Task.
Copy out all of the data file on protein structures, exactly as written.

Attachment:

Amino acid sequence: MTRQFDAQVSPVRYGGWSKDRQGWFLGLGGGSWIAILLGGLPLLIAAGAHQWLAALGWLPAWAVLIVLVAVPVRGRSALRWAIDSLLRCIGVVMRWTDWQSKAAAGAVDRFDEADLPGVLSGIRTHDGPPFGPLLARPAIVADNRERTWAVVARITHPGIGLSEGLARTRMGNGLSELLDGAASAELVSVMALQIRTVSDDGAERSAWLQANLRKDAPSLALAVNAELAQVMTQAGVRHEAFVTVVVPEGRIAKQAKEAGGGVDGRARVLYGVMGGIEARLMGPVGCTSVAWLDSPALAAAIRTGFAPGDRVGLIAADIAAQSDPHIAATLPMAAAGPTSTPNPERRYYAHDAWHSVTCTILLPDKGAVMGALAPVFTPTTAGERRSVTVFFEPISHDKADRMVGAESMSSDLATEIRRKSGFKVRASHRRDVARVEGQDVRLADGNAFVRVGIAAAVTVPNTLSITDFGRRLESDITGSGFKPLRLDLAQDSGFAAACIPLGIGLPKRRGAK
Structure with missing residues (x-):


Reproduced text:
Amino acid sequence: MTRQFDAQVSPVRYGGWSKDRQGWFLGLGGGSWIAILLGGLPLLIAAGAHQWLAALGWLPAWAVLIVLVAVPVRGRSALRWAIDSLLRCIGVVMRWTDWQSKAAAGAVDRFDEADLPGVLSGIRTHDGPPFGPLLARPAIVADNRERTWAVVARITHPGIGLSEGLARTRMGNGLSELLDGAASAELVSVMALQIRTVSDDGAERSAWLQANLRKDAPSLALAVNAELAQVMTQAGVRHEAFVTVVVPEGRIAKQAKEAGGGVDGRARVLYGVMGGIEARLMGPVGCTSVAWLDSPALAAAIRTGFAPGDRVGLIAADIAAQSDPHIAATLPMAAAGPTSTPNPERRYYAHDAWHSVTCTILLPDKGAVMGALAPVFTPTTAGERRSVTVFFEPISHDKADRMVGAESMSSDLATEIRRKSGFKVRASHRRDVARVEGQDVRLADGNAFVRVGIAAAVTVPNTLSITDFGRRLESDITGSGFKPLRLDLAQDSGFAAACIPLGIGLPKRRGAK
Structure with missing residues (x-):